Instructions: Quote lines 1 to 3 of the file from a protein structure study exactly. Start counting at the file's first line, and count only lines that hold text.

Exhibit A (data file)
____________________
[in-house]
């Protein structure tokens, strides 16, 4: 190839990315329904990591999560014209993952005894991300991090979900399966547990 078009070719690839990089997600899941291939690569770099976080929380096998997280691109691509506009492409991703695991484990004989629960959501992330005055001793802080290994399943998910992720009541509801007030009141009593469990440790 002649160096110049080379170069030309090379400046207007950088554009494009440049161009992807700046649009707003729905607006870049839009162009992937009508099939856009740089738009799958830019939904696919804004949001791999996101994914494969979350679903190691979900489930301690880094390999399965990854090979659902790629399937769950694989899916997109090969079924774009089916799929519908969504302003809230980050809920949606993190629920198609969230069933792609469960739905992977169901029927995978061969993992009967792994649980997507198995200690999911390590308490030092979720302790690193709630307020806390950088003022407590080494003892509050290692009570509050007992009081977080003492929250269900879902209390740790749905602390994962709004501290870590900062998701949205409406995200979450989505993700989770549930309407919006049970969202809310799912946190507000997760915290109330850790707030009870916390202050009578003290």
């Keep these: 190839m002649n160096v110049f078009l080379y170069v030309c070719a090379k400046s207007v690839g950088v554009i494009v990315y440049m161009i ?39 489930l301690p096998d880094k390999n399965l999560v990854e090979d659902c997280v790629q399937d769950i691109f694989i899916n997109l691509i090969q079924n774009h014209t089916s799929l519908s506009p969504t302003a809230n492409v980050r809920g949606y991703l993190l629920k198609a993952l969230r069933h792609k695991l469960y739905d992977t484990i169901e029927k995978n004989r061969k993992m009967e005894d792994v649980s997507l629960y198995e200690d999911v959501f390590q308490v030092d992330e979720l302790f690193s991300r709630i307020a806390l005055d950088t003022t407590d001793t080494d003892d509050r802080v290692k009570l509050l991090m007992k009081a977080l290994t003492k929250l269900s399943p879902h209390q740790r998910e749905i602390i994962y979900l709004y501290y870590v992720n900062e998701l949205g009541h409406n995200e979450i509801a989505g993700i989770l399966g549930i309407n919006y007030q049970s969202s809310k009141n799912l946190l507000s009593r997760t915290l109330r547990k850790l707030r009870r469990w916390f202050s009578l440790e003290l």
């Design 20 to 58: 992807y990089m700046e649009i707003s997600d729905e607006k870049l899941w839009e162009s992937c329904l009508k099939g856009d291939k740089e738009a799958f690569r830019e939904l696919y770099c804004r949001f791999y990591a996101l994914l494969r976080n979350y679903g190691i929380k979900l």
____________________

[in-house]
């Protein structure tokens, strides 16, 4: 190839990315329904990591999560014209993952005894991300991090979900399966547990 078009070719690839990089997600899941291939690569770099976080929380096998997280691109691509506009492409991703695991484990004989629960959501992330005055001793802080290994399943998910992720009541509801007030009141009593469990440790 002649160096110049080379170069030309090379400046207007950088554009494009440049161009992807700046649009707003729905607006870049839009162009992937009508099939856009740089738009799958830019939904696919804004949001791999996101994914494969979350679903190691979900489930301690880094390999399965990854090979659902790629399937769950694989899916997109090969079924774009089916799929519908969504302003809230980050809920949606993190629920198609969230069933792609469960739905992977169901029927995978061969993992009967792994649980997507198995200690999911390590308490030092979720302790690193709630307020806390950088003022407590080494003892509050290692009570509050007992009081977080003492929250269900879902209390740790749905602390994962709004501290870590900062998701949205409406995200979450989505993700989770549930309407919006049970969202809310799912946190507000997760915290109330850790707030009870916390202050009578003290």
């Keep these: 190839m002649n160096v110049f078009l080379y170069v030309c070719a090379k400046s207007v690839g950088v554009i494009v990315y440049m161009i ?39 489930l301690p096998d880094k390999n399965l999560v990854e090979d659902c997280v790629q399937d769950i691109f694989i899916n997109l691509i090969q079924n774009h014209t089916s799929l519908s506009p969504t302003a809230n492409v980050r809920g949606y991703l993190l629920k198609a993952l969230r069933h792609k695991l469960y739905d992977t484990i169901e029927k995978n004989r061969k993992m009967e005894d792994v649980s997507l629960y198995e200690d999911v959501f390590q308490v030092d992330e979720l302790f690193s991300r709630i307020a806390l005055d950088t003022t407590d001793t080494d003892d509050r802080v290692k009570l509050l991090m007992k009081a977080l290994t003492k929250l269900s399943p879902h209390q740790r998910e749905i602390i994962y979900l709004y501290y870590v992720n900062e998701l949205g009541h409406n995200e979450i509801a989505g993700i989770l399966g549930i309407n919006y007030q049970s969202s809310k009141n799912l946190l507000s009593r997760t915290l109330r547990k850790l707030r009870r469990w916390f202050s009578l440790e003290l």